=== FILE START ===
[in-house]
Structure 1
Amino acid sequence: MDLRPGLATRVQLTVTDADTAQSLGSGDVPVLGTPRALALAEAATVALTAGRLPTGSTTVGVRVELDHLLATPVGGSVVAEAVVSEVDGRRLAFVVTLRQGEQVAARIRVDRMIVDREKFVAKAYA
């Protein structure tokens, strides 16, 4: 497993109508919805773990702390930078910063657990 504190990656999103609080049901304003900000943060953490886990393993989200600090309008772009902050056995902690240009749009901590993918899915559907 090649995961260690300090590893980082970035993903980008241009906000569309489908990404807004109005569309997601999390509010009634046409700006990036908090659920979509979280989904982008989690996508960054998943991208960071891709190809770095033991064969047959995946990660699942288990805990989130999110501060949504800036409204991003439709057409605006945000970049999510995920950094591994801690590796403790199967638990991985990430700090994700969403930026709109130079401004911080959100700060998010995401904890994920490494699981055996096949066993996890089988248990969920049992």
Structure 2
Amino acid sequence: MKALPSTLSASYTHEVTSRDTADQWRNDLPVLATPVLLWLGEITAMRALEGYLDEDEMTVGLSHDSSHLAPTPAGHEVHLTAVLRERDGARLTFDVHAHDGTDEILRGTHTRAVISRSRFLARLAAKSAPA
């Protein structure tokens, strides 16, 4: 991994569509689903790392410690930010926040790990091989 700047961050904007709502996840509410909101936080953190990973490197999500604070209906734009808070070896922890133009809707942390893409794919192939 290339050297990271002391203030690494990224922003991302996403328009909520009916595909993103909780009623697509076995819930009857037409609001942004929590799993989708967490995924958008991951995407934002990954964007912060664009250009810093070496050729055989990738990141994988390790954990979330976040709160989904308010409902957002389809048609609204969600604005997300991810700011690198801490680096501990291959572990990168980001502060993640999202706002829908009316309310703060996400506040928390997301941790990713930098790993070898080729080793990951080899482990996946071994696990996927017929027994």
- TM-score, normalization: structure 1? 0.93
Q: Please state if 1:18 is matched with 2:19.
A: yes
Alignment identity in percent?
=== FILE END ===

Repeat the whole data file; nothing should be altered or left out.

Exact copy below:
[in-house]
Structure 1
Amino acid sequence: MDLRPGLATRVQLTVTDADTAQSLGSGDVPVLGTPRALALAEAATVALTAGRLPTGSTTVGVRVELDHLLATPVGGSVVAEAVVSEVDGRRLAFVVTLRQGEQVAARIRVDRMIVDREKFVAKAYA
């Protein structure tokens, strides 16, 4: 497993109508919805773990702390930078910063657990 504190990656999103609080049901304003900000943060953490886990393993989200600090309008772009902050056995902690240009749009901590993918899915559907 090649995961260690300090590893980082970035993903980008241009906000569309489908990404807004109005569309997601999390509010009634046409700006990036908090659920979509979280989904982008989690996508960054998943991208960071891709190809770095033991064969047959995946990660699942288990805990989130999110501060949504800036409204991003439709057409605006945000970049999510995920950094591994801690590796403790199967638990991985990430700090994700969403930026709109130079401004911080959100700060998010995401904890994920490494699981055996096949066993996890089988248990969920049992």
Structure 2
Amino acid sequence: MKALPSTLSASYTHEVTSRDTADQWRNDLPVLATPVLLWLGEITAMRALEGYLDEDEMTVGLSHDSSHLAPTPAGHEVHLTAVLRERDGARLTFDVHAHDGTDEILRGTHTRAVISRSRFLARLAAKSAPA
């Protein structure tokens, strides 16, 4: 991994569509689903790392410690930010926040790990091989 700047961050904007709502996840509410909101936080953190990973490197999500604070209906734009808070070896922890133009809707942390893409794919192939 290339050297990271002391203030690494990224922003991302996403328009909520009916595909993103909780009623697509076995819930009857037409609001942004929590799993989708967490995924958008991951995407934002990954964007912060664009250009810093070496050729055989990738990141994988390790954990979330976040709160989904308010409902957002389809048609609204969600604005997300991810700011690198801490680096501990291959572990990168980001502060993640999202706002829908009316309310703060996400506040928390997301941790990713930098790993070898080729080793990951080899482990996946071994696990996927017929027994």
- TM-score, normalization: structure 1? 0.93
Q: Please state if 1:18 is matched with 2:19.
A: yes
Alignment identity in percent?